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Other members of consortium

sssaScuola Superiore Sant’Anna di Studi Universitari e di Perfezionamento di Pisa (SSSA)

The research team of SSSA includes people from two different Institutes (DIRPOLIS and Biorobotics), and four different Laboratories of the School, in order to coordinate the proposal through a multidisciplinary perspective. These are the WISS Laboratory (Welfare, Innovation, Services and Development), the CDG Laboratory (International research laboratory on conflict, development and global politics), the ARTS Laboratory (Advanced robotics technology and systems laboratory), and the LIDER Lab. The fields of research in these Laboratories are Public Law and Social Policies, Private Law, Human Rights, and BioRobotics.

Main tasks in the project: SSSA is the leader of the proposal. It will be responsible for the management and the dissemination of the project. It will coordinate the elaboration of a “White Paper on Regulating Robotics”, containing the guidelines and suggestions for the European Commission. It will develop the research activities in WP1, studying the features of emerging soft law by investigating on the nature of ethical rules and codes as sources of law.

tilburgUniversity of Tilburg, Law School, Tilburg Institute for Law, Technology, and Society (TILT)

The Tilburg Institute for Law, Technology, and Society is part of Tilburg Law School, Tilburg University, the Netherlands. TILT's research covers a wide range of topics related to developments in ICT, biotechnology, and other emerging technologies. These developments are studied in the context of important domains of the expanding knowledge society, such as e-government, ecommerce, e-health, ICT regulation, biotechnology and nanotechnology, privacy, identity management, e-signatures, biometrics, cybercrime, security, intellectual property rights, citizenship and governance, globalisation, Europeanization, and ethics. Thanks to its composition, size and history, TILT is in a unique position to participate in the research programme. The thirty researchers (about half of whom have a legal background while the other half have a background in disciplines such as philosophy, ethics, public administration, sociology, psychology, computer science, business and management sciences) make TILT one of the most prominent Dutch research and education institutes in the area of technology regulation. The wide expertise with multidisciplinary research differentiates TILT from other research institutes in the domain of technology regulation. TILT staff have published several books on fundamental human rights and technology regulation (e.g., Ronald Leenes, Bert-Jaap Koops & Paul De Hert, (eds), Constitutional Rights and New Technologies, A Comparative study, T.M.C. Asser Press, 2007; Morag Goodwin, Bert-Jaap Koops, Ronald Leenes (eds), Dimensions of Technology Regulation, Nijmegen: Wolf Legal Publishers, 2010; and Bert-Jaap Koops, Corien Prins, Maurice Schellekens and Mirjam Lips (Eds.), Starting Points for ICT Regulation – Deconstructing Prevalent Policy Oneliners, Springer, 2006). TILT has wide experience in organising and participating in international research projects.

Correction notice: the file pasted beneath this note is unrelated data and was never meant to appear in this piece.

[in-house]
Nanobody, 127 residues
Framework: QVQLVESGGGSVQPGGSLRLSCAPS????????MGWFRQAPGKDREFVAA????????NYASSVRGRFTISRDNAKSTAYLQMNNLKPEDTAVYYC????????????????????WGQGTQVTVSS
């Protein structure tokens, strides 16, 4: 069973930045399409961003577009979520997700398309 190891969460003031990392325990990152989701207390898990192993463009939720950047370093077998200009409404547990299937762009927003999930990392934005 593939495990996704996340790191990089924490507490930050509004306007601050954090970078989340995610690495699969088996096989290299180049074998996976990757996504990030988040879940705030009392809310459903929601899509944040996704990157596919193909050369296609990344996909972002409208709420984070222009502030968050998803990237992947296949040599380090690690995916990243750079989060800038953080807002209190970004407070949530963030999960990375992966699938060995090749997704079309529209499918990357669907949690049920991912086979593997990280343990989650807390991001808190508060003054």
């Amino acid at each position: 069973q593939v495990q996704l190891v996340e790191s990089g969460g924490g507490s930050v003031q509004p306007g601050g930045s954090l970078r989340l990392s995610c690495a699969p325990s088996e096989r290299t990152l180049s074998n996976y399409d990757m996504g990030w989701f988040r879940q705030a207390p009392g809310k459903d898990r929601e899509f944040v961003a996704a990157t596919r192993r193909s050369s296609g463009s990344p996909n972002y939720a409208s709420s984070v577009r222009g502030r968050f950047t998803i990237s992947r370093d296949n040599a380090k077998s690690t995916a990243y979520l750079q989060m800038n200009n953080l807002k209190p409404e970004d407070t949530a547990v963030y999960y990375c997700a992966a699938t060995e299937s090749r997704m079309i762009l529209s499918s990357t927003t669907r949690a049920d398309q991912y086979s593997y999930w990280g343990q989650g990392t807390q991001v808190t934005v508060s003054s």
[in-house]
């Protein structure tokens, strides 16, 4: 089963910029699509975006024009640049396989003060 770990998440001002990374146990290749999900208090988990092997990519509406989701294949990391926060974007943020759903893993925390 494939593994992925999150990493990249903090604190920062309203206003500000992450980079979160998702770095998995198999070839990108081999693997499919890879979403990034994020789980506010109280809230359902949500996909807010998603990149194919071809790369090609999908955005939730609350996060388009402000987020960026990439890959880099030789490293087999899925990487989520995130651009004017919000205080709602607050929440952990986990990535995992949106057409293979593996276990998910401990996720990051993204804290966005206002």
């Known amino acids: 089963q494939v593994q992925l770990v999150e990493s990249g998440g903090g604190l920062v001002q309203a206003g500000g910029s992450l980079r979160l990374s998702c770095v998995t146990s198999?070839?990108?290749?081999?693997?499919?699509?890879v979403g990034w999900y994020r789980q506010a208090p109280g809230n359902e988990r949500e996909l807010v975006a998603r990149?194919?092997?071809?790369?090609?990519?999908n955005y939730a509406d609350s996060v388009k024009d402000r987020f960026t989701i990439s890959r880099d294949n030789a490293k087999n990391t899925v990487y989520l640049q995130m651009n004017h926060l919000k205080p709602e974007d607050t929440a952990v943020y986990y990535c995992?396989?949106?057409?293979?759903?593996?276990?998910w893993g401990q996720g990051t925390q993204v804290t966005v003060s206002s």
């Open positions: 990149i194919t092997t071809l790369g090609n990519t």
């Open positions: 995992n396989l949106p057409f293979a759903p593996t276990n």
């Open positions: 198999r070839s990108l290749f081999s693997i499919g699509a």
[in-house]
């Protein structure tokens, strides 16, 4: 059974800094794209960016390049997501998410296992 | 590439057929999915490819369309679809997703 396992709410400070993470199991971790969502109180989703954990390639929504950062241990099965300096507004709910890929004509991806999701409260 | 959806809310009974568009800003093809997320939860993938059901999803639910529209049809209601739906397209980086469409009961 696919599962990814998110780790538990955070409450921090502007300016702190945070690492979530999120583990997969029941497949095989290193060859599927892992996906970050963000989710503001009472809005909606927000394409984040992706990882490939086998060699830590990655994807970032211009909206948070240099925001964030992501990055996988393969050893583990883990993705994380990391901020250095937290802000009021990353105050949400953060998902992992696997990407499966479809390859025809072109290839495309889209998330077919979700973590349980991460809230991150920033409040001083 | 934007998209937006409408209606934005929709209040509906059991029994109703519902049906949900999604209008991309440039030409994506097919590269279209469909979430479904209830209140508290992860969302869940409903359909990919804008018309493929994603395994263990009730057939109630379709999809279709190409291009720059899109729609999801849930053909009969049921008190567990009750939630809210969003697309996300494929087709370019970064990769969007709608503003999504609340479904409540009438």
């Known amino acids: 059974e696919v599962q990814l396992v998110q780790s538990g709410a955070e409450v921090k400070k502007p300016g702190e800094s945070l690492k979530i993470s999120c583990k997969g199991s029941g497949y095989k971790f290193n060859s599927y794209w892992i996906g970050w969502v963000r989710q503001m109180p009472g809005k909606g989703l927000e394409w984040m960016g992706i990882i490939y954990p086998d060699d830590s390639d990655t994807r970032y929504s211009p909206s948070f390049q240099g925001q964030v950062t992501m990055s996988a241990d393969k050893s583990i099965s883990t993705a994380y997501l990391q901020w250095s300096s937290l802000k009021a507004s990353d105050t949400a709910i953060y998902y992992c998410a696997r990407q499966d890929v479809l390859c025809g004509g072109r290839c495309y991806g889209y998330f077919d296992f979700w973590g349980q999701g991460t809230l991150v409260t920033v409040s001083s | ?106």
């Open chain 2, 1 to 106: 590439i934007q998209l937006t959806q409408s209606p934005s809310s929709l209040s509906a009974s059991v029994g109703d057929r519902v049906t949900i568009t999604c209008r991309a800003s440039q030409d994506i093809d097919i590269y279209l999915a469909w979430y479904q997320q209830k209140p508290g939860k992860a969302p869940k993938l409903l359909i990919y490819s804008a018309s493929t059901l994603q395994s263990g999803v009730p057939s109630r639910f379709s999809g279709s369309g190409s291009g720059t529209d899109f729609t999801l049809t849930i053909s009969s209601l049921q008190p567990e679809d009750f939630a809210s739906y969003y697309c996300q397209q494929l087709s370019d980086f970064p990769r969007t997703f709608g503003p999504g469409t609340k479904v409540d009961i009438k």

Main tasks in the project: the TILT staff will take part in investigating different branches of the project. First, TILT’s expertise on law and robotics will play a central role in mapping the content and extent of existing and near-future robolaw. Central themes will include robots and liability, the legal status and (legal, moral) agency of robots, and robot rights. But TILT’s staff also focuses on new allies in robolaw, for instance relating to intellectual property rights, for instance in view of robots obtaining new behavioural patterns from task repositories. Moreover, using their legal skills they will be lead the development of a new methodology to chart current and upcoming legal questions in relation to the rapidly developing field of robotics. Second, TILT’s staff will use their expertise in ethics and philosophy of technology to chart a number of ethical issues in relation to robotics, focusing on its impact on concepts such as human autonomy, ability/disability, normalcy, fairness and equality.

imagesUniversity of Reading (UoR), England, School of Systems Engineering

The staff are particularly interested in investigative studies making use of implant and other technology to look into the possibilities of increasing mental capabilities of humans – examples being further senses, sensory substitution, new communication and upgrading memory are immediate examples. Between them they have already carried out numerous practical experiments in this area – indeed such experiments are ongoing. They were also involved in a previous EU NOE entitled ETHICBOTS which was concerned with the ethical aspects of designing robots that can think and act for themselves.

Main tasks in the project: the staff of UoR would take part principally in Work Package 4, investigating the practical realities of human enhancement – in terms of enhancement over and above the human norm as opposed to individual enhancement to overcome a disability. The team will look into the (future) technologies involved and the bidirectional interaction between the human body and technology and (in particular) overall human/technology performance from a systems perspective.